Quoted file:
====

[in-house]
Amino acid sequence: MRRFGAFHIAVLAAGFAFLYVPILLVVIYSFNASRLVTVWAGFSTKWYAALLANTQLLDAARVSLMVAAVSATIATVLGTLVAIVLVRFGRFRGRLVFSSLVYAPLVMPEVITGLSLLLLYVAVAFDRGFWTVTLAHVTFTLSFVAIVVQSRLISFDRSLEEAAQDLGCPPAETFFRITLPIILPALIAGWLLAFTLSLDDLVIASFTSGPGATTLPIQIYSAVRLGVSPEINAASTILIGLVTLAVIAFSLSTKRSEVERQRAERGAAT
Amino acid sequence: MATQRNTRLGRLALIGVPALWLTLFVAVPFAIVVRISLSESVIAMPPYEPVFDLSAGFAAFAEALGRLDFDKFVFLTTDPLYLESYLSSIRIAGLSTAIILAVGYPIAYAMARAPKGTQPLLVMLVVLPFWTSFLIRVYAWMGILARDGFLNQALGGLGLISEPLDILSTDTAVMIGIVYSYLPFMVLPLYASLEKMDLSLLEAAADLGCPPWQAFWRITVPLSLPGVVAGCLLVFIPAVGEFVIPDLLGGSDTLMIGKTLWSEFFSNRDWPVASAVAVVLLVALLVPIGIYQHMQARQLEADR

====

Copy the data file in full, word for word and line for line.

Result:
[in-house]
Amino acid sequence: MRRFGAFHIAVLAAGFAFLYVPILLVVIYSFNASRLVTVWAGFSTKWYAALLANTQLLDAARVSLMVAAVSATIATVLGTLVAIVLVRFGRFRGRLVFSSLVYAPLVMPEVITGLSLLLLYVAVAFDRGFWTVTLAHVTFTLSFVAIVVQSRLISFDRSLEEAAQDLGCPPAETFFRITLPIILPALIAGWLLAFTLSLDDLVIASFTSGPGATTLPIQIYSAVRLGVSPEINAASTILIGLVTLAVIAFSLSTKRSEVERQRAERGAAT
Amino acid sequence: MATQRNTRLGRLALIGVPALWLTLFVAVPFAIVVRISLSESVIAMPPYEPVFDLSAGFAAFAEALGRLDFDKFVFLTTDPLYLESYLSSIRIAGLSTAIILAVGYPIAYAMARAPKGTQPLLVMLVVLPFWTSFLIRVYAWMGILARDGFLNQALGGLGLISEPLDILSTDTAVMIGIVYSYLPFMVLPLYASLEKMDLSLLEAAADLGCPPWQAFWRITVPLSLPGVVAGCLLVFIPAVGEFVIPDLLGGSDTLMIGKTLWSEFFSNRDWPVASAVAVVLLVALLVPIGIYQHMQARQLEADR